4. Awareness, Education and Dialogue

We offer education and awareness programs for scientists, policy makers and general interest groups to increase awareness of the role soils and soil information play in addressing societal challenges. The World Soil Museum is an important instrument for these activities. It is also a place where students and the public are informed about the nature, geographic distribution, management challenges, and beauty of soils. At the World Soil Museum, people learn about the important role soils play in many of the environmental challenges facing the world.

Through dialogues with users of soil information (policy makers, private sector, NGOs and donors), we learn about their needs with a view to provide tailor-made solutions. Through these programs we build an engaged user community that is able to use our products in an effective way, and who can specify their needs for additional soil information resulting in co-creation. This helps us fine-tune product design and develop services with wide application possibilities. We will monitor use of our data and services to determine ISRICs societal impact and help focus future developments.

Supporting processes

World Data Centre for Soils

ISRIC is a regular member of the World Data System (WDS) and has been accredited as the World Data Centre for Soils (WDC-Soils) since 1989. Accreditation as the World Data Centre for Soils provides an endorsement for ISRIC’s work on soil information globally, as a trustworthy provider of soil information. Regular WDS re-accreditation helps us to review and improve the quality and transparency of our processes as well as services to the international community.

Scientific research to support methodology development

Our scientific research programme contributes to the development of new and innovative methodologies for the generation of soil data and information products. For example, we co-fund a special professorship on ‘Pedometrics and Digital Soil Mapping’ in collaboration with Wageningen University. As such, we regularly supervise PhD candidates . Results of our work are regularly published in high ranking scientific journals.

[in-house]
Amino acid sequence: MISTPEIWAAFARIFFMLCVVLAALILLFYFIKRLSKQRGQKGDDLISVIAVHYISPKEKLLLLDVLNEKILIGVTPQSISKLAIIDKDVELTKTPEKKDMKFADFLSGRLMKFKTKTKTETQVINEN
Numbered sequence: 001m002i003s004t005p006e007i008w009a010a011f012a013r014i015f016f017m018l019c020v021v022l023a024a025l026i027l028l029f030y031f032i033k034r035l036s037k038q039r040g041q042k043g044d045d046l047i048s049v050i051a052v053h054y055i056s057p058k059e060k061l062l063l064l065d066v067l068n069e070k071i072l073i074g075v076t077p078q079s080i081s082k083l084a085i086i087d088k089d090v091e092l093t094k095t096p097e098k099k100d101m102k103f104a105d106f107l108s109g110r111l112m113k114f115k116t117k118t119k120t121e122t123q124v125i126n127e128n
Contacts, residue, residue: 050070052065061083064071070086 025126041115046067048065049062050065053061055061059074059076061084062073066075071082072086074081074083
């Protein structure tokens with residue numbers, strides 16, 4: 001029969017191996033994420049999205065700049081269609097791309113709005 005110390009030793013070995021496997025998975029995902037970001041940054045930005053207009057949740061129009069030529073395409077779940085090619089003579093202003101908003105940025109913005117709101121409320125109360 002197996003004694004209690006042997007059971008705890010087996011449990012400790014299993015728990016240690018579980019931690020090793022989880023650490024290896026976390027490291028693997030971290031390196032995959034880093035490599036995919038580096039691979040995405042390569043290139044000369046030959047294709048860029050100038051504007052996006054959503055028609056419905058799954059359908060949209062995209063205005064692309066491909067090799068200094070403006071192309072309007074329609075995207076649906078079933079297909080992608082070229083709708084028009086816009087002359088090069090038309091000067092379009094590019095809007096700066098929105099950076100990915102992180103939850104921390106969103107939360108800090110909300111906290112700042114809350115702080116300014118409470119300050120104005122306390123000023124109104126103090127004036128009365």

Spatial Data Infrastructure (SDI)

Through the ISRIC Spatial Data Infrastructure we provide access to: (i) a growing range of global information products following FAIR principles, (ii) the soil reference collection and World Soil Museum, and (iii) tools and services developed to support sustainable land management decision making.

Reference Collection and Library

The ISRIC World Soil Reference Collection comprises over 1100 monoliths from 82 countries with supporting morphological and analytical information. The collection was built to show representative examples of the units distinguished in the legend of the FAO-UNESCO Soil Map of the World.. The collection provides a unique resource for education, correlation and research. In conjunction with this, we maintain a library of 10,000 digitized maps and 17,000 reports and books.

Code of conduct

Discrimination against, and harassment on the basis of an individual’s race, colour, religion, sex, sexual orientation, handicap, familial status, or national origin have no place at ISRIC – World Soil Information. We adhere to transparent, respectful interaction between people from different cultural backgrounds and we are against unethical and/or inappropriate behaviour.

Legal status

ISRIC is an independent foundation by Dutch law. We are based on the campus of Wageningen University and Research (WUR). We have a service level agreement with Wageningen University, formalising operational support.